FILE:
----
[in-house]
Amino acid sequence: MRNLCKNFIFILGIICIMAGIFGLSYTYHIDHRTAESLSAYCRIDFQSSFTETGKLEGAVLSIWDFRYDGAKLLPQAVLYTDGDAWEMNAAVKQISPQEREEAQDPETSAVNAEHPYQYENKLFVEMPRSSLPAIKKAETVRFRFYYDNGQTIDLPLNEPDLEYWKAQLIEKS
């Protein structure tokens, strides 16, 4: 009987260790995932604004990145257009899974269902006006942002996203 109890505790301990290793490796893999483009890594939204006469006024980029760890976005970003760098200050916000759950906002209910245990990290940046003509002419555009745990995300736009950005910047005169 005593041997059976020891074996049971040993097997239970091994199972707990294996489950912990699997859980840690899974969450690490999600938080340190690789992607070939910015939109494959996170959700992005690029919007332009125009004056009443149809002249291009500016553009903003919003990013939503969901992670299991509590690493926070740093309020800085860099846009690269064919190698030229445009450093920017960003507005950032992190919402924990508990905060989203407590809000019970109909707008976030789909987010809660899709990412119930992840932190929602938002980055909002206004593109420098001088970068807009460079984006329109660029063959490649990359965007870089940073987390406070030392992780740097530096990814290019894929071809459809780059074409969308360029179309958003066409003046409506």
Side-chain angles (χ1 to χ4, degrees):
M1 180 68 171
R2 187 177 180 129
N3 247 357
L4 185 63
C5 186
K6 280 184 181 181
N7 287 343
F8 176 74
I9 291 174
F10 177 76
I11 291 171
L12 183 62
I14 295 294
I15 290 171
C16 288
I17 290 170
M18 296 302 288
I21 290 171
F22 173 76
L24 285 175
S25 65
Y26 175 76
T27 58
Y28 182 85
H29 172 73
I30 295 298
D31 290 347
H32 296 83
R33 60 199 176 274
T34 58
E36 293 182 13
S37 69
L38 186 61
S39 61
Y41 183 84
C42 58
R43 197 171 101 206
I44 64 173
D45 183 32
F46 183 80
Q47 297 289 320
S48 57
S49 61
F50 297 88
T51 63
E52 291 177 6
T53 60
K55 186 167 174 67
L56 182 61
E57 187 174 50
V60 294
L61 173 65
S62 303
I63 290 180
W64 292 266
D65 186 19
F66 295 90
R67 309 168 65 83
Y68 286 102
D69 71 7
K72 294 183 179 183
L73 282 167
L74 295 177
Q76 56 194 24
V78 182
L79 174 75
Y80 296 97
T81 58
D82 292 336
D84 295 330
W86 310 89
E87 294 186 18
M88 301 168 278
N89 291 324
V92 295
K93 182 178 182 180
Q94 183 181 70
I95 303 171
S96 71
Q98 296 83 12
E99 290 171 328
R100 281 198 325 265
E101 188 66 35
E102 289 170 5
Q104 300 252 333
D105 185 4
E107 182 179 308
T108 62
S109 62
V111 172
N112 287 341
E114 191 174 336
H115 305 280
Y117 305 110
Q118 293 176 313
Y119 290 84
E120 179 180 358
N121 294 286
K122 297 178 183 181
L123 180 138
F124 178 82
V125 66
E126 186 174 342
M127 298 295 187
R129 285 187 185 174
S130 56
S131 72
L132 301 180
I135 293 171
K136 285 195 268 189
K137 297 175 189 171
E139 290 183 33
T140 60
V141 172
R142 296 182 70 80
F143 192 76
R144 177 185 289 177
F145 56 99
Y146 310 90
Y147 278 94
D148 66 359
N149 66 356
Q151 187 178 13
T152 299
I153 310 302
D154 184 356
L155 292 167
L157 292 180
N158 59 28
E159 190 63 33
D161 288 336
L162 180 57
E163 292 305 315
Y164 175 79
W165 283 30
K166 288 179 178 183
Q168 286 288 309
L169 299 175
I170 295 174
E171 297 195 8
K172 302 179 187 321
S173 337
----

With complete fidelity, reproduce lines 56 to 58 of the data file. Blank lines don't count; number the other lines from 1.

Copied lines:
L61 173 65
S62 303
I63 290 180